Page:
Post # 1
So I am currently trying to book my venue and have been in email communication with them for the past month. Decieded to go with them and was told they were just finalizing the contracts for the year and would send one to me soon. Two weeks went by and I emailed them back asking for the contract. They sent it to me but only that no sorry for the late reply, nothing. Well the contract does not reflect the pricing we discussed, I emailed back and asked that the contract be modified to reflect what we talked about (That if I got the deposit in by the end of June I would have 2017 pricing and not 2018 pricing). She emailed be back that just said, “You will get 2018 venue for 2017 price. Your date if 6/24/18 will be $2000.” So she is giving me a guarantee by email but I am signing a contract that says different which I feel very uncomfortable about doing. I won’t be in the area to talk to her in person until July and I know that June will be booked by than since they are only 1 of 3 venues in the area. Should I just write in on the contract “if deposit is paid before June 30th than the venue price will be $2000 as discussed via emails”? I finally found a wedding planner within budget who I should have hired by next week, should I wait and have her take care of it? Any advice is apperciated.
P.S. Out of the other venue locations one is totally out of the question and the other we could do but the place is really tight. It is rated up to 170 people, with the dance floor being used for seating, but was there when it was set up for 140 people and you could barely walk between the tables with no one there.
Post # 2
Ask her to send a new contract with the correct pricing, or ask if it’s ok to write in the correct price yourself. Can you just call her tomorrow and ask about it? I would NOT sign a contract with incorrect pricing – I learned from experience that there are some real assholes in the wedding industry who will not hesitate to take advantage of inexperienced people. (There are also lots of lovely vendors who have nothing but good intentions of course!)
Post # 3
I would personally modify the contract, initial the modification, sign it and send it back to her, making sure she then also signs it and sends a copy to you.
That being said, have there been any other issues or red flags?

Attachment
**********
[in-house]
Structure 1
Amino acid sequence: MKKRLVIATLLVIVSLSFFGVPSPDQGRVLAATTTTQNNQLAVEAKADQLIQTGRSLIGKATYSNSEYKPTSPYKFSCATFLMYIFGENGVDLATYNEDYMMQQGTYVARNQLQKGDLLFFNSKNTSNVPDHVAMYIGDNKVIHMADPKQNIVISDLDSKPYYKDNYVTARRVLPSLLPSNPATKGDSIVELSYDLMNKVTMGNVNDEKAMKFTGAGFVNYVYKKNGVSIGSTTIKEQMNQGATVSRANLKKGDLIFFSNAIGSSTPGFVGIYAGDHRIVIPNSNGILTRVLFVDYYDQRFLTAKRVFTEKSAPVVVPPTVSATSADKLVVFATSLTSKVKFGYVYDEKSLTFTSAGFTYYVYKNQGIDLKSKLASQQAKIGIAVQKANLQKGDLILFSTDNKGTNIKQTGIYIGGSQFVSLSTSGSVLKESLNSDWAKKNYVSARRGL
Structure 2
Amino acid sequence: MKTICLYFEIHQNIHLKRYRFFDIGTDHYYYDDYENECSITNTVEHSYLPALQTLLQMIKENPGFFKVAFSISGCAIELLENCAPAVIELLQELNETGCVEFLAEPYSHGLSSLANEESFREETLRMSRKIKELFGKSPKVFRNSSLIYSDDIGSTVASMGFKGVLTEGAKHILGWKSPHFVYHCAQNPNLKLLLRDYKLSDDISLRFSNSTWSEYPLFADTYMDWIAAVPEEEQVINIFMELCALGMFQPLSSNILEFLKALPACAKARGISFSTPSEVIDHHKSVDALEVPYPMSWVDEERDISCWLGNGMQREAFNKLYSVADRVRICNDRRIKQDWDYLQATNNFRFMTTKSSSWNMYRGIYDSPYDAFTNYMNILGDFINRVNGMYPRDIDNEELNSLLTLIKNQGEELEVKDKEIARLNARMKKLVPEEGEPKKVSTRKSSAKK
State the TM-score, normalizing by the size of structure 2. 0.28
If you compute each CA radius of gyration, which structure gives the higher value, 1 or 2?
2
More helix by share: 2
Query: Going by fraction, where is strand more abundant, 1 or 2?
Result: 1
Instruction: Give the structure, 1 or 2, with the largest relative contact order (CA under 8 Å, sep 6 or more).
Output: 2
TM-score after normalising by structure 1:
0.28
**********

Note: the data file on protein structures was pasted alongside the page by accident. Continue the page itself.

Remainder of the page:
Post # 4
- Wedding: September 2017 - Poppy Ridge Golf Course
I wouldn’t modify anything. That is her job and it does not take much effort or very long to correct a contract. Let the venue send you the contract with the exact terms and pricing you agreed to, don’t sign anything until you get it.
Post # 5
unfortunatly there have been. She does not work full time for the venue, she will not be there day of typically (her words). This venue is known to have issues if you are not on top of them (from reviews), hence having the wedding planner so I don’t have to stress about that worry.
Post # 6
Do not, I repeat, DO NOT sign a contract which lists conditions other than what you are agreeing to. Even if it is in email, that does not bind the venue to anything other than what you sign. What if she gets fired? Then you’ll essentially have a nothing but a promise from an ex-employee as your proof. Similarly, do not modify the contract yourself – in many cases for a manual modification to be binding, you’d need her to explicitly sign off on the change, and send it back to you. If she can’t even send the right contract to you in the first place, I doubt she’ll manage that and you’ll be left in a limbo state.
I agree with heavenlyflower :
– send back a firmly worded email stating that you want the contract to reflect the exact terms you agreed to. If she doesn’t get back to you within a couple of days, escalate to someone (i.e. her boss). If that still doesn’t produce results, I’d strongly suggest considering an alternate venue. You want the piece of mind of knowing you are working with professionals who respect your time and money. There are sooo many moving pieces that it is inevitable that things can go wrong on your wedding day: you don’t need to seek out unreliability.